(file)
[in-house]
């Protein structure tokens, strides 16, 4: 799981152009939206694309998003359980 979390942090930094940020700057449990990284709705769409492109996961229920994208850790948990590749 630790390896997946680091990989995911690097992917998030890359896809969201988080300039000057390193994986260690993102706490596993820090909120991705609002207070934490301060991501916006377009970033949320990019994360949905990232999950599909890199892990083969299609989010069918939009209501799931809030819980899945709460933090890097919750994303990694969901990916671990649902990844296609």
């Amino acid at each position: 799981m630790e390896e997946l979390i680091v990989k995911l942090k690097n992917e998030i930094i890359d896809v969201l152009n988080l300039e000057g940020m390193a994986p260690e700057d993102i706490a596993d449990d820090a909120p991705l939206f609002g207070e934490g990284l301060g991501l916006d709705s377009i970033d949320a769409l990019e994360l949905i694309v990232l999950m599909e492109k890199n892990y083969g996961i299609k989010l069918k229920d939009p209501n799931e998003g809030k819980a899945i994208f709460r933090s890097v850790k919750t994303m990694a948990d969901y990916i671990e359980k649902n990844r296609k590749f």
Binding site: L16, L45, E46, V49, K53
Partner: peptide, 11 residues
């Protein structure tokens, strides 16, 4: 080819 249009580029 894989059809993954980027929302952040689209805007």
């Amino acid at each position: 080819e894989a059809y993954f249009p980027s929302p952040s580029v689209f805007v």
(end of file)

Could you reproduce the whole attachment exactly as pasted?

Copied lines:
[in-house]
């Protein structure tokens, strides 16, 4: 799981152009939206694309998003359980 979390942090930094940020700057449990990284709705769409492109996961229920994208850790948990590749 630790390896997946680091990989995911690097992917998030890359896809969201988080300039000057390193994986260690993102706490596993820090909120991705609002207070934490301060991501916006377009970033949320990019994360949905990232999950599909890199892990083969299609989010069918939009209501799931809030819980899945709460933090890097919750994303990694969901990916671990649902990844296609």
């Amino acid at each position: 799981m630790e390896e997946l979390i680091v990989k995911l942090k690097n992917e998030i930094i890359d896809v969201l152009n988080l300039e000057g940020m390193a994986p260690e700057d993102i706490a596993d449990d820090a909120p991705l939206f609002g207070e934490g990284l301060g991501l916006d709705s377009i970033d949320a769409l990019e994360l949905i694309v990232l999950m599909e492109k890199n892990y083969g996961i299609k989010l069918k229920d939009p209501n799931e998003g809030k819980a899945i994208f709460r933090s890097v850790k919750t994303m990694a948990d969901y990916i671990e359980k649902n990844r296609k590749f």
Binding site: L16, L45, E46, V49, K53
Partner: peptide, 11 residues
């Protein structure tokens, strides 16, 4: 080819 249009580029 894989059809993954980027929302952040689209805007």
């Amino acid at each position: 080819e894989a059809y993954f249009p980027s929302p952040s580029v689209f805007v």